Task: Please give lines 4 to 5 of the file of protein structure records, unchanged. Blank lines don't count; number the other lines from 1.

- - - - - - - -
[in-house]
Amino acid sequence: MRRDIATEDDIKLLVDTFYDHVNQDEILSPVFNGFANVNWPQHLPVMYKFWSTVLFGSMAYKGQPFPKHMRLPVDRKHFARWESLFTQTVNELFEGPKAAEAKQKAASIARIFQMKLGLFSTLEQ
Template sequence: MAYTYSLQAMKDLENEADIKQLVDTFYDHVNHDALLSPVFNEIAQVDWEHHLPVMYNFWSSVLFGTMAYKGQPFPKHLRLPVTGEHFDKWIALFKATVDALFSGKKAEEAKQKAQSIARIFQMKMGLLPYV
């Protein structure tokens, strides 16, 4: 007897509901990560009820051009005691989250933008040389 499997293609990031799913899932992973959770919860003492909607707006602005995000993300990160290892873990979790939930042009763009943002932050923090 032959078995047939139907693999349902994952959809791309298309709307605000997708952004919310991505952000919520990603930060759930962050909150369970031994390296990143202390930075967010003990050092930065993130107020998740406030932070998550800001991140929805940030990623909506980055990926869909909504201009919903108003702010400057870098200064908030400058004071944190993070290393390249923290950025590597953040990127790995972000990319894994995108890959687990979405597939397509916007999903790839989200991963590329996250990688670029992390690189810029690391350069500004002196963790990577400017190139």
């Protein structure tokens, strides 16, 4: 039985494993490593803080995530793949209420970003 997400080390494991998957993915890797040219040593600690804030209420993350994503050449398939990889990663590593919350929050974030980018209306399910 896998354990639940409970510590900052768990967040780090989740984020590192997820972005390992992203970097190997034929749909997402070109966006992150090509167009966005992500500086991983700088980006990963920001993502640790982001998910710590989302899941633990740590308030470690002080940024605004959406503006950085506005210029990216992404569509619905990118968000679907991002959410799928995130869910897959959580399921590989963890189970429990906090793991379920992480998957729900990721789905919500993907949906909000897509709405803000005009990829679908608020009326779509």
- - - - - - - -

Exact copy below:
């Protein structure tokens, strides 16, 4: 007897509901990560009820051009005691989250933008040389 499997293609990031799913899932992973959770919860003492909607707006602005995000993300990160290892873990979790939930042009763009943002932050923090 032959078995047939139907693999349902994952959809791309298309709307605000997708952004919310991505952000919520990603930060759930962050909150369970031994390296990143202390930075967010003990050092930065993130107020998740406030932070998550800001991140929805940030990623909506980055990926869909909504201009919903108003702010400057870098200064908030400058004071944190993070290393390249923290950025590597953040990127790995972000990319894994995108890959687990979405597939397509916007999903790839989200991963590329996250990688670029992390690189810029690391350069500004002196963790990577400017190139």
């Protein structure tokens, strides 16, 4: 039985494993490593803080995530793949209420970003 997400080390494991998957993915890797040219040593600690804030209420993350994503050449398939990889990663590593919350929050974030980018209306399910 896998354990639940409970510590900052768990967040780090989740984020590192997820972005390992992203970097190997034929749909997402070109966006992150090509167009966005992500500086991983700088980006990963920001993502640790982001998910710590989302899941633990740590308030470690002080940024605004959406503006950085506005210029990216992404569509619905990118968000679907991002959410799928995130869910897959959580399921590989963890189970429990906090793991379920992480998957729900990721789905919500993907949906909000897509709405803000005009990829679908608020009326779509």